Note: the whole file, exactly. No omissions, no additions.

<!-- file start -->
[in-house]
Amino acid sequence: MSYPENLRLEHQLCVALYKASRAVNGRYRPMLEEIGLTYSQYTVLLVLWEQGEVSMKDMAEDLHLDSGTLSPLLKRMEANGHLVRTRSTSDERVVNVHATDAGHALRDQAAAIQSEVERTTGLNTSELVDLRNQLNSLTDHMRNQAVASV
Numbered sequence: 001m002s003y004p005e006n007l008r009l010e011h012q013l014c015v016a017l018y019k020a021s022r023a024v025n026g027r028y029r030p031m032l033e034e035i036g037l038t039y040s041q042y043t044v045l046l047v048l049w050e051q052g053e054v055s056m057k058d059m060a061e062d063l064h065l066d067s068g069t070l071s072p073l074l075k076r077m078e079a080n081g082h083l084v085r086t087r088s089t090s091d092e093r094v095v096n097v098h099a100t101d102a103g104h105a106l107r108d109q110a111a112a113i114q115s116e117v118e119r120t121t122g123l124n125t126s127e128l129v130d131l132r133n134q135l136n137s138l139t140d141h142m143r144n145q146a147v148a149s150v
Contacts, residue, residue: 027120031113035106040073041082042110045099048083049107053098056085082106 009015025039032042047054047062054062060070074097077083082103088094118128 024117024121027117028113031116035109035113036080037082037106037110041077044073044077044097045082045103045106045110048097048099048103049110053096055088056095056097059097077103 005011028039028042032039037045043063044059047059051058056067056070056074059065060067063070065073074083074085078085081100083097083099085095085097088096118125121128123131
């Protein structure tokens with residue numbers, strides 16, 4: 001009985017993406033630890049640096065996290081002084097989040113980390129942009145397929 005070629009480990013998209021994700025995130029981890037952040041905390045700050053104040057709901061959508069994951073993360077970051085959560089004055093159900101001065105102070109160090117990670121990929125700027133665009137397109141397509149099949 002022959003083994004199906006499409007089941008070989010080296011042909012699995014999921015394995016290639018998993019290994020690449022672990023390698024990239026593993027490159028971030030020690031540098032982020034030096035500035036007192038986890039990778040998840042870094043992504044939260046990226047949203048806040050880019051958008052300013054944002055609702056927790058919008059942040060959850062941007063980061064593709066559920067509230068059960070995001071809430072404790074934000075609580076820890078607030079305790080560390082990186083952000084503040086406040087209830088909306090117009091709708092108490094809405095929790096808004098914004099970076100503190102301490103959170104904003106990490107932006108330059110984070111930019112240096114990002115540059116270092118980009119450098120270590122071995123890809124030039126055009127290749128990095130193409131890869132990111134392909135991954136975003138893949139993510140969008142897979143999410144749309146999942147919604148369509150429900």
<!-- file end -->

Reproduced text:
[in-house]
Amino acid sequence: MSYPENLRLEHQLCVALYKASRAVNGRYRPMLEEIGLTYSQYTVLLVLWEQGEVSMKDMAEDLHLDSGTLSPLLKRMEANGHLVRTRSTSDERVVNVHATDAGHALRDQAAAIQSEVERTTGLNTSELVDLRNQLNSLTDHMRNQAVASV
Numbered sequence: 001m002s003y004p005e006n007l008r009l010e011h012q013l014c015v016a017l018y019k020a021s022r023a024v025n026g027r028y029r030p031m032l033e034e035i036g037l038t039y040s041q042y043t044v045l046l047v048l049w050e051q052g053e054v055s056m057k058d059m060a061e062d063l064h065l066d067s068g069t070l071s072p073l074l075k076r077m078e079a080n081g082h083l084v085r086t087r088s089t090s091d092e093r094v095v096n097v098h099a100t101d102a103g104h105a106l107r108d109q110a111a112a113i114q115s116e117v118e119r120t121t122g123l124n125t126s127e128l129v130d131l132r133n134q135l136n137s138l139t140d141h142m143r144n145q146a147v148a149s150v
Contacts, residue, residue: 027120031113035106040073041082042110045099048083049107053098056085082106 009015025039032042047054047062054062060070074097077083082103088094118128 024117024121027117028113031116035109035113036080037082037106037110041077044073044077044097045082045103045106045110048097048099048103049110053096055088056095056097059097077103 005011028039028042032039037045043063044059047059051058056067056070056074059065060067063070065073074083074085078085081100083097083099085095085097088096118125121128123131
């Protein structure tokens with residue numbers, strides 16, 4: 001009985017993406033630890049640096065996290081002084097989040113980390129942009145397929 005070629009480990013998209021994700025995130029981890037952040041905390045700050053104040057709901061959508069994951073993360077970051085959560089004055093159900101001065105102070109160090117990670121990929125700027133665009137397109141397509149099949 002022959003083994004199906006499409007089941008070989010080296011042909012699995014999921015394995016290639018998993019290994020690449022672990023390698024990239026593993027490159028971030030020690031540098032982020034030096035500035036007192038986890039990778040998840042870094043992504044939260046990226047949203048806040050880019051958008052300013054944002055609702056927790058919008059942040060959850062941007063980061064593709066559920067509230068059960070995001071809430072404790074934000075609580076820890078607030079305790080560390082990186083952000084503040086406040087209830088909306090117009091709708092108490094809405095929790096808004098914004099970076100503190102301490103959170104904003106990490107932006108330059110984070111930019112240096114990002115540059116270092118980009119450098120270590122071995123890809124030039126055009127290749128990095130193409131890869132990111134392909135991954136975003138893949139993510140969008142897979143999410144749309146999942147919604148369509150429900």